US 7580432 B2
The present invention is directed to methods and apparatuses for performing temporal scanning using ultra-short pulsewidth lasers in which only minimal (micro-scale) mechanical movement is required. The invention also relates to methods for obtaining high-accuracy timing calibration, on the order of femtoseconds. A dual laser system is disclosed in which the cavity of one or more of the lasers is dithered, by using a piezoelectric element. A Fabry-Perot etalon is used to generate a sequence of timing pulses used in conjunction with a laser beam produced by the laser having the dithered laser cavity. A correlator correlates a laser pulse from one of the lasers with the sequence of timing pulses to produce a calibrated time scale. The methods and apparatuses of the present invention are applicable to many applications requiring rapid scanning and time calibration, including, but not limited to metrology, characterization of charge dynamics in semiconductors, electro-optic testing of ultrafast electronic and optoelectronic devices, optical time domain reflectometry, and electro-optic sampling oscilloscopes.
1. A method of stabilizing a short-pulse fiber laser, comprising:
isolating said fiber laser in a temperature-controlled enclosure from an external environment; and
operating the fiber laser within the enclosure while utilizing the enclosure to stabilize a repetition rate of the fiber laser; and
supporting said fiber laser by wrapping it onto an acoustically damped assembly.
2. The method for stabilizing a short-pulse laser claimed in
3. A method of stabilizing a short-pulse fiber laser, wherein the short-pulse laser is a first short-pulse laser and the stability of a second short-pulse laser is controlled along with the stability of the first short-pulse laser and wherein, further, the first and second short-pulse lasers are fiber lasers, the method comprising:
constructing the first and second short-pulse lasers from identical components in an identical fashion;
pumping the first and second short-pulse lasers with a shared laser;
wrapping the first and second short-pulse lasers on a shared fiber spool;
placing the first and second short-pulse lasers in said enclosure;
isolating said fiber lasers in a temperature-controlled enclosure from an external environment; and
operating the fiber lasers within the enclosure while utilizing the enclosure to stabilize a repetition rate of the fiber lasers.
4. The method as claimed in
5. A method of stabilizing a short-pulse fiber laser, comprising:
placing the short-pulse fiber laser in a temperature-controlled enclosure;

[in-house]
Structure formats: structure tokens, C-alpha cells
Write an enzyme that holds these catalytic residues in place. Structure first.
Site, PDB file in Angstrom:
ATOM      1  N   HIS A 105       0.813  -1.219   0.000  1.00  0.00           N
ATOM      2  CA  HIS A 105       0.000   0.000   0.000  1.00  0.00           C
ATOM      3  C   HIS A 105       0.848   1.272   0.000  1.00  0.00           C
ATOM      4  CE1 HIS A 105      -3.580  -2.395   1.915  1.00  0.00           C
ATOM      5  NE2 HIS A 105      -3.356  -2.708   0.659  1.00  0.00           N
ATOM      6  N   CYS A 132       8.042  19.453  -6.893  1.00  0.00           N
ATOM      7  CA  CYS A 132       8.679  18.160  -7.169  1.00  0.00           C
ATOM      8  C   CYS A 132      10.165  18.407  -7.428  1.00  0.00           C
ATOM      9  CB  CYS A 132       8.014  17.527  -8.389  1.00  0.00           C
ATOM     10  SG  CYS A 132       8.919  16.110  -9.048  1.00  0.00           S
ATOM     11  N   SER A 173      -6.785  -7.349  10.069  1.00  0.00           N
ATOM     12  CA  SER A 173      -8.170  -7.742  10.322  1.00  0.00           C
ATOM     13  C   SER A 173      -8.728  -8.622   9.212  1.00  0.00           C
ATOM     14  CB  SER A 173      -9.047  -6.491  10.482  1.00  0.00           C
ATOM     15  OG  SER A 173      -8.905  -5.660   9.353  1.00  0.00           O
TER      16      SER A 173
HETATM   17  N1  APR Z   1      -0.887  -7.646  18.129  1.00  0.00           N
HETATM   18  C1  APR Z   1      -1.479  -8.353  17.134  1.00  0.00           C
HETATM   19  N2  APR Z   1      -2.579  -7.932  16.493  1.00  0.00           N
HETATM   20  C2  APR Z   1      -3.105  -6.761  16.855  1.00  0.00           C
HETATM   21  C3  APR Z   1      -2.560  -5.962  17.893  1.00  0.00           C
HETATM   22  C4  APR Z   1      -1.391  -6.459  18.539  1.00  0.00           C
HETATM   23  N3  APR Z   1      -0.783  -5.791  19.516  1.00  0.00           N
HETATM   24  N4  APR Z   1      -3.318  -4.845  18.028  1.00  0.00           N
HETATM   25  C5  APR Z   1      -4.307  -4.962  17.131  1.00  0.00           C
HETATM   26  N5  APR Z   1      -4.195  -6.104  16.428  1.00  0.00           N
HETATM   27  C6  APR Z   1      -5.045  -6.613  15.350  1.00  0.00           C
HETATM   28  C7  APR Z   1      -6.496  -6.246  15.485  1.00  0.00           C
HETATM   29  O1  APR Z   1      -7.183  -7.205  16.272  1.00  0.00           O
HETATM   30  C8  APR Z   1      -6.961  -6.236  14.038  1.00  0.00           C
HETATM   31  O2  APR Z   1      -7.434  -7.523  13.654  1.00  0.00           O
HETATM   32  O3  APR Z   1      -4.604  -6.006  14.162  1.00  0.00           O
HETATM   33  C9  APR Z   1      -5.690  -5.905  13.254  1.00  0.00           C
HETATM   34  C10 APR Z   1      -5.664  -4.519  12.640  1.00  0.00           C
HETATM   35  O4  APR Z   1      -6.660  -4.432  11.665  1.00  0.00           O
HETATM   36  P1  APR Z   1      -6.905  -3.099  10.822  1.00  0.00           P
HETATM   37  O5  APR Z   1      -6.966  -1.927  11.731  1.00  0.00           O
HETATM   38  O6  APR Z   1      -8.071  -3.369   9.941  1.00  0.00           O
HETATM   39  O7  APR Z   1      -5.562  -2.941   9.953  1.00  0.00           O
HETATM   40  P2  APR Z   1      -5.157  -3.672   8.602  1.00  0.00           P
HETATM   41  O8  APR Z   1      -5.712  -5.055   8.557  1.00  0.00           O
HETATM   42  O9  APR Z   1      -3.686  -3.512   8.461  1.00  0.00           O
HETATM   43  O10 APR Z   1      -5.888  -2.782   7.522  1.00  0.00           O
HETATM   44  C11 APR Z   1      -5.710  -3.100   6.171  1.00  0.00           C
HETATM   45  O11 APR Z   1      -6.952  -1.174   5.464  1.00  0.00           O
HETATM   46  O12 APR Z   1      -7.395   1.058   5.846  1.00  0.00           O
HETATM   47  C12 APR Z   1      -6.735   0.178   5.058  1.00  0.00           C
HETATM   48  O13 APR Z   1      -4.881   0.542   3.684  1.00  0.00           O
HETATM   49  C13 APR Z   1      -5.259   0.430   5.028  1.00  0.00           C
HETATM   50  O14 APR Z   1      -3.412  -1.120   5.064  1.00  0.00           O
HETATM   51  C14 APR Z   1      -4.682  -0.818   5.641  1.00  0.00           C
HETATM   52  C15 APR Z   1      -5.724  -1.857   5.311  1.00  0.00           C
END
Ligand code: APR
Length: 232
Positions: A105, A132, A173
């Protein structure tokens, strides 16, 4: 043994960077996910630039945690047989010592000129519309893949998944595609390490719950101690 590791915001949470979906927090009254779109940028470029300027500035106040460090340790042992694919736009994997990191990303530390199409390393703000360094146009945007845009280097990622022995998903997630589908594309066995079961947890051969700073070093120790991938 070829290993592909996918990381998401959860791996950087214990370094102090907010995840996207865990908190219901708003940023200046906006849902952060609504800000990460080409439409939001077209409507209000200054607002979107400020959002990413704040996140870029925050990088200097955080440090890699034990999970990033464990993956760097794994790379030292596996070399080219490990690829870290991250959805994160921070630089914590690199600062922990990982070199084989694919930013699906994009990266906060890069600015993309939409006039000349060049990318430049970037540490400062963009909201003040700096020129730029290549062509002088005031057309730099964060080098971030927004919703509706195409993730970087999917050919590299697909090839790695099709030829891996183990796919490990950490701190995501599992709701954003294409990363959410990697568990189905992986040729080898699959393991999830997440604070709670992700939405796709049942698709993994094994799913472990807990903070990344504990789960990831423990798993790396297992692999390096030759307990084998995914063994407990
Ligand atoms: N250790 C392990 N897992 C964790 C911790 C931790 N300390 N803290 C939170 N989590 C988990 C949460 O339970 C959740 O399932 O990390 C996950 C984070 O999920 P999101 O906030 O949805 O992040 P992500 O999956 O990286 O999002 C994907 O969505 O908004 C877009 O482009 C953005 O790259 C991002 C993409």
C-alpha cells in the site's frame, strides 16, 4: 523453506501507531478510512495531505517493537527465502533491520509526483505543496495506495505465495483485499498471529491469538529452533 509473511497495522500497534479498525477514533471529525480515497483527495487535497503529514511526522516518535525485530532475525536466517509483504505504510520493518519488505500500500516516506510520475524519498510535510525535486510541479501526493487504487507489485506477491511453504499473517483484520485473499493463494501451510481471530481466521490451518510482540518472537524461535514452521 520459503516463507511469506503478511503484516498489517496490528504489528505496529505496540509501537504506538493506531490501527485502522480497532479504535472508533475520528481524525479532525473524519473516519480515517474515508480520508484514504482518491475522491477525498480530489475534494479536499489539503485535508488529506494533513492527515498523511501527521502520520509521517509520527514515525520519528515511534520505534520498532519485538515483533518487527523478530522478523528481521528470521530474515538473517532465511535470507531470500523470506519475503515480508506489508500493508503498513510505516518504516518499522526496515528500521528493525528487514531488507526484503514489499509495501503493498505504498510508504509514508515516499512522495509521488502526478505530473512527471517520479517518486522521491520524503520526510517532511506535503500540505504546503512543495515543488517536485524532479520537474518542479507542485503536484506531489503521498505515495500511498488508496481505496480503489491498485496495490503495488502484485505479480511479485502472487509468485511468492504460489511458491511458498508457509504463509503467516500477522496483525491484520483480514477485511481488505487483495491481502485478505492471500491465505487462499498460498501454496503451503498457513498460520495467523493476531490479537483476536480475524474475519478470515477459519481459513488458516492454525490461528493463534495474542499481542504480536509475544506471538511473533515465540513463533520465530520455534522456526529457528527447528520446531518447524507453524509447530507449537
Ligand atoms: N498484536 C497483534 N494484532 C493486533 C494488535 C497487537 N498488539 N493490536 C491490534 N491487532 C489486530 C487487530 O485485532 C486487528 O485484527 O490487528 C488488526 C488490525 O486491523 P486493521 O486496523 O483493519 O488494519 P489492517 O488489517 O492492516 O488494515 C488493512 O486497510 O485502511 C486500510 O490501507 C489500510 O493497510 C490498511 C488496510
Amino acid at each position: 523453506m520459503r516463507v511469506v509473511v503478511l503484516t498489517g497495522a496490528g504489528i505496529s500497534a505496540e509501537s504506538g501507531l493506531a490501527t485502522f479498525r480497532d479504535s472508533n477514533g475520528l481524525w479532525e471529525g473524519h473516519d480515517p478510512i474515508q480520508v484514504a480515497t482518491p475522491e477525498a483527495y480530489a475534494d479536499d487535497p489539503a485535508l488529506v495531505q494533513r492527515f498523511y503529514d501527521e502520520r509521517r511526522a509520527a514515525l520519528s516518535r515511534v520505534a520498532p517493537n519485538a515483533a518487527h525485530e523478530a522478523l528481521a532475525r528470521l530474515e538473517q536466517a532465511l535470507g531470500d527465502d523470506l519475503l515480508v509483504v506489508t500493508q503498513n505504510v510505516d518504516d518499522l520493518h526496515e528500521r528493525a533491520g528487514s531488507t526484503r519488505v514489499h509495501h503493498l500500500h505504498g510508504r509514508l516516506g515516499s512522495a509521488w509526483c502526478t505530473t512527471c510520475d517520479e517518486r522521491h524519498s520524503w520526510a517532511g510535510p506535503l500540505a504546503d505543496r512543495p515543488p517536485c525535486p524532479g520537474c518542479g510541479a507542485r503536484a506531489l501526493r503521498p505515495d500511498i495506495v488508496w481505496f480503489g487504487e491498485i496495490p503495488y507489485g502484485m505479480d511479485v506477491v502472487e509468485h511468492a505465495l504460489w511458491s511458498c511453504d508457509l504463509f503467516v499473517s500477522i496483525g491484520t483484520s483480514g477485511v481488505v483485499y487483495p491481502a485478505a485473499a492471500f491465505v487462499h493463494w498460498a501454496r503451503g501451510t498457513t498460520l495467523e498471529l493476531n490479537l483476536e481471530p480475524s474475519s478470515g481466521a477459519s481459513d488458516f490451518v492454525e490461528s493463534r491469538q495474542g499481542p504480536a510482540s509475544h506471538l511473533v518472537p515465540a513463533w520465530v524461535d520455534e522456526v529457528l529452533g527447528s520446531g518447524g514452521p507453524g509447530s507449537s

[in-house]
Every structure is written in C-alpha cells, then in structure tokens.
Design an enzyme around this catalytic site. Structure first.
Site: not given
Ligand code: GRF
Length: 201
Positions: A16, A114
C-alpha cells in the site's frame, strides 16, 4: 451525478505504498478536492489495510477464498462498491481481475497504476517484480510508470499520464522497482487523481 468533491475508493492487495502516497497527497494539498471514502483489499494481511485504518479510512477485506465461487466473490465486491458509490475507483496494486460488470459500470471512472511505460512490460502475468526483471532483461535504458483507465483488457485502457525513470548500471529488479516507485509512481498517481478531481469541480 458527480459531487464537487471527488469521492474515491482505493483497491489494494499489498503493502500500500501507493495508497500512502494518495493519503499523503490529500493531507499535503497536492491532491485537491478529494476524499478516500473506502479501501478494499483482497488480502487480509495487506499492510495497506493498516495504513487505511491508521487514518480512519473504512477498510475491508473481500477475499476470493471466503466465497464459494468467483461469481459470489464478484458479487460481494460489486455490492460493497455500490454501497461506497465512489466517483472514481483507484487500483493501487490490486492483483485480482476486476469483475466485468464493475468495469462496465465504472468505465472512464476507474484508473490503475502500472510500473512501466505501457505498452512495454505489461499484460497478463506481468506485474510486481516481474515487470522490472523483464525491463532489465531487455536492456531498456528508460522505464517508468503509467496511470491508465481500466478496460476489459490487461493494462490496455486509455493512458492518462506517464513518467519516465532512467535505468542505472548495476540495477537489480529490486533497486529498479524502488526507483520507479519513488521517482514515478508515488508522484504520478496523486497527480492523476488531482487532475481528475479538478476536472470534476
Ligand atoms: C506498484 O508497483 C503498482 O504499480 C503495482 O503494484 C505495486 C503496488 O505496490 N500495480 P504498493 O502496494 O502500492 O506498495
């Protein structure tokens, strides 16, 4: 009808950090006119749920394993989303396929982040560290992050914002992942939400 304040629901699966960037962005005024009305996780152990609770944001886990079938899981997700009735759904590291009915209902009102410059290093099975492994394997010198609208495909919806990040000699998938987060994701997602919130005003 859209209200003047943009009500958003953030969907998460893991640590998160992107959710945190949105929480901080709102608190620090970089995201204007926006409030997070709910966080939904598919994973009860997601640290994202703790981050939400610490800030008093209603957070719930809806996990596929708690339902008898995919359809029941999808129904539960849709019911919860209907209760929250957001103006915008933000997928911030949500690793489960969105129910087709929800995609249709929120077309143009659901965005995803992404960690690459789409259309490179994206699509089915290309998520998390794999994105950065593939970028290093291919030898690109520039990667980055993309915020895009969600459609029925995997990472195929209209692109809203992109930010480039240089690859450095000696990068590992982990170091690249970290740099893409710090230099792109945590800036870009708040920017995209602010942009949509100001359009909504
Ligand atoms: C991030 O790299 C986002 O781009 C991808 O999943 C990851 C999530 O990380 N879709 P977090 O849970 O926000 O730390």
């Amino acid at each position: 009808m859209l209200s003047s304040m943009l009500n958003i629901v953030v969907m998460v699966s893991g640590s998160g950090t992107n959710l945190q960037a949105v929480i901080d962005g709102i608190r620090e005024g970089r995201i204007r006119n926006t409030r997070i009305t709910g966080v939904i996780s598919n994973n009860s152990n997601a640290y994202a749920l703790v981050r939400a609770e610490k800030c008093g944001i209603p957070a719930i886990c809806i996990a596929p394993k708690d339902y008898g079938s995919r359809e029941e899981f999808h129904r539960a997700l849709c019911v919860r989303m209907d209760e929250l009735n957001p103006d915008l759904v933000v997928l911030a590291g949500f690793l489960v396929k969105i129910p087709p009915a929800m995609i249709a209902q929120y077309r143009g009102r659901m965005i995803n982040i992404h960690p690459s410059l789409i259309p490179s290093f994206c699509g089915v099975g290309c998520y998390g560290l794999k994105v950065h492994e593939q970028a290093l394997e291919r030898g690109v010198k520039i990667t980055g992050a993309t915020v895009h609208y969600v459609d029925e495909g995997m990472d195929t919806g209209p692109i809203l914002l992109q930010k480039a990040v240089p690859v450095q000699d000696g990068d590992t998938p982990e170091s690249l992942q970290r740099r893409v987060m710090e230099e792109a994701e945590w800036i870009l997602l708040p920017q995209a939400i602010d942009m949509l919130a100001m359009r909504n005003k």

wrapping said fiber laser onto an acoustically damped assembly;
isolating said fiber laser from an external environment; and
controlling the temperature within the temperature-controlled enclosure to stabilize a repetition rate of the laser.
6. A method of controlling the output of a short-pulse fiber laser, comprising:
isolating said fiber laser in a temperature-controlled enclosure from an external environment;
stabilizing a repetition rate of the laser by controlling the temperature of the fiber;
providing a piezoelectric transducer in communication with the laser;
applying a voltage to the piezoelectric transducer, wherein the repetition rate of the laser is controlled by movement of the piezoelectric transducer; and
providing a phase locked loop circuit for controlling the average repetition rate of the laser.
This is a divisional of application Ser. No. 09/169,577 filed Mar. 27, 1998 now U.S. Pat. No. 6,396,856, which is a Divisional Application of application Ser. No. 08/602,457, filed Feb. 16, 1996 now U.S. Pat. No. 5,778,016, which is a Continuation-In-Part of application Ser. No. 08/221,516, filed on Apr. 1, 1994 now U.S. Pat. No. 5,585,913; the disclosure of which is incorporated herein by reference.
1. Field of the Invention
This invention is related to the field of ultra-short pulsewidth lasers, and particularly to apparatuses and methods for performing temporal scanning with minimal (i.e., micron-scale) mechanical movement. The invention also relates to methods used for obtaining high-accuracy (i.e., sub-picosecond) timing calibration, applicable to the above-mentioned temporal scanning methods or to conventional temporal scanning methods. In particular, the invention eliminates the need for a mechanical scanning delay arm in a correlator or other type of pump-probe device, including ranging, 3-D imaging, contouring, tomography, and optical time-domain reflectometry (OTDR).
2. Description of the Related Art
Ultrafast laser oscillators are presently known which are capable of generating pulsewidths of the order of tens of femtoseconds with nanojoule-level pulse energies, at repetition rates ranging from 5 MHz to as high as 1 GHz. Such short pulses are used for many applications including measurements by time gating, including metrology. Many applications of such short optical pulses require that one set of optical pulses be delayed with respect to another set of optical pulses, in which temporal delays must be known to a very high accuracy, such as on the order of 10 femtoseconds. Temporal delays for short pulses find many uses in such applications as biological and medical imaging, fast photodetection and optical sampling, optical time domain reflectometers, and metrology.
The conventional method for delaying and scanning optical pulses is to reflect the pulses from a mirror and to physically move the mirror, using some mechanical means, by a distance D, which is defined by the product of the time delay, ΔT, and the speed of light in vacuum c=3.0×108 meters/sec. Thus: